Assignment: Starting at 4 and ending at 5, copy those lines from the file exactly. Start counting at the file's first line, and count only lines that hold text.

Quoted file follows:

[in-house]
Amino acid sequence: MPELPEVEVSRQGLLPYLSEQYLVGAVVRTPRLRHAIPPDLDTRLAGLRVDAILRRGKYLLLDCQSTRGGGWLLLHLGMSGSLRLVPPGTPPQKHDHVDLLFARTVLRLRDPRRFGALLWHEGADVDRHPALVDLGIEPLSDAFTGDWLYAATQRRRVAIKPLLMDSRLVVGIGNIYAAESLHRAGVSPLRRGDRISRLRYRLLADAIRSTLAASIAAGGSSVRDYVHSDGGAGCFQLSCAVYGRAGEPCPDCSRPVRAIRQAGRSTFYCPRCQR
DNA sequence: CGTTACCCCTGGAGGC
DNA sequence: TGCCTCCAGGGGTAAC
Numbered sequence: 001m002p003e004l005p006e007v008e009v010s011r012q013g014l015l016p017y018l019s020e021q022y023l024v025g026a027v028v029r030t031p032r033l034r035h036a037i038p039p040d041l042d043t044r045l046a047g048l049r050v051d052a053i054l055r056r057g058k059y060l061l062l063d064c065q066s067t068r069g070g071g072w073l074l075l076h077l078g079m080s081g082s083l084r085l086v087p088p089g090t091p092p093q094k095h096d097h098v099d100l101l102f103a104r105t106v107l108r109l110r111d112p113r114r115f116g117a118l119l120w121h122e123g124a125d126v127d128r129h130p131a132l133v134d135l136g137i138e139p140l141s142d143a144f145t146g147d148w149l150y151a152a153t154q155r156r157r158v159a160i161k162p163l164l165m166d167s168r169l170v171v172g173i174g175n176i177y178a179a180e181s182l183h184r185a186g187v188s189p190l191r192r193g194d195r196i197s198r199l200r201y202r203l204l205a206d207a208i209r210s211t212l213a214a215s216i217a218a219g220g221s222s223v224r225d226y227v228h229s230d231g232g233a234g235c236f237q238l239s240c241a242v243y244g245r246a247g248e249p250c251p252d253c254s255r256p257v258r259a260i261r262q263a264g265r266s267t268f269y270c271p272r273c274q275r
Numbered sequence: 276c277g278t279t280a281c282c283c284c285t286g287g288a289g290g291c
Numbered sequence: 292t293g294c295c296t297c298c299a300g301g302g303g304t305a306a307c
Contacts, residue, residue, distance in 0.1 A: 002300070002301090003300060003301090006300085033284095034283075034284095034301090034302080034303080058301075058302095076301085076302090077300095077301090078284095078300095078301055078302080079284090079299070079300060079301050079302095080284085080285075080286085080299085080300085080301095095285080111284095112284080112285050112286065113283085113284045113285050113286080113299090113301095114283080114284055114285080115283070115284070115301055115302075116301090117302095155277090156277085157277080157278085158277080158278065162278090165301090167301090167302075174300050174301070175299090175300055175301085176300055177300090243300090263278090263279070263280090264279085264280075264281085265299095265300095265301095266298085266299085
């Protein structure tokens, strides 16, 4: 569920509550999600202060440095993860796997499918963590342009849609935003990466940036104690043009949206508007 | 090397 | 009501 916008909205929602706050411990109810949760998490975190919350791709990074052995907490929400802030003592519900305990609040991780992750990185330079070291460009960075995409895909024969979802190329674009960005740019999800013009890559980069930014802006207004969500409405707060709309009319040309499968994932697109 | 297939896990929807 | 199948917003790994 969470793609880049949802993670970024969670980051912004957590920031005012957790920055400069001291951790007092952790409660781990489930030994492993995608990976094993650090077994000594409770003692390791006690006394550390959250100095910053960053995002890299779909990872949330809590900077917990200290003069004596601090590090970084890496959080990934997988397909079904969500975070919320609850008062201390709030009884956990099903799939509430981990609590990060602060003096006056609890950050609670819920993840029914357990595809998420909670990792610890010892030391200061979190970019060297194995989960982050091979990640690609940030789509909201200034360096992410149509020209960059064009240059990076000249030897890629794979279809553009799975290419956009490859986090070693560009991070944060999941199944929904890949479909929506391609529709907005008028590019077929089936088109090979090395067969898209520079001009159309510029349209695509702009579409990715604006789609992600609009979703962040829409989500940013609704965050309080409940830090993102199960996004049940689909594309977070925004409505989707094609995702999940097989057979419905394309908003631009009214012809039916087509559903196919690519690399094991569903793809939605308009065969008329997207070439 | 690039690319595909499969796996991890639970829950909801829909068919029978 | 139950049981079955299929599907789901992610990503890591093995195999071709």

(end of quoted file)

DNA sequence: TGCCTCCAGGGGTAAC
Numbered sequence: 001m002p003e004l005p006e007v008e009v010s011r012q013g014l015l016p017y018l019s020e021q022y023l024v025g026a027v028v029r030t031p032r033l034r035h036a037i038p039p040d041l042d043t044r045l046a047g048l049r050v051d052a053i054l055r056r057g058k059y060l061l062l063d064c065q066s067t068r069g070g071g072w073l074l075l076h077l078g079m080s081g082s083l084r085l086v087p088p089g090t091p092p093q094k095h096d097h098v099d100l101l102f103a104r105t106v107l108r109l110r111d112p113r114r115f116g117a118l119l120w121h122e123g124a125d126v127d128r129h130p131a132l133v134d135l136g137i138e139p140l141s142d143a144f145t146g147d148w149l150y151a152a153t154q155r156r157r158v159a160i161k162p163l164l165m166d167s168r169l170v171v172g173i174g175n176i177y178a179a180e181s182l183h184r185a186g187v188s189p190l191r192r193g194d195r196i197s198r199l200r201y202r203l204l205a206d207a208i209r210s211t212l213a214a215s216i217a218a219g220g221s222s223v224r225d226y227v228h229s230d231g232g233a234g235c236f237q238l239s240c241a242v243y244g245r246a247g248e249p250c251p252d253c254s255r256p257v258r259a260i261r262q263a264g265r266s267t268f269y270c271p272r273c274q275r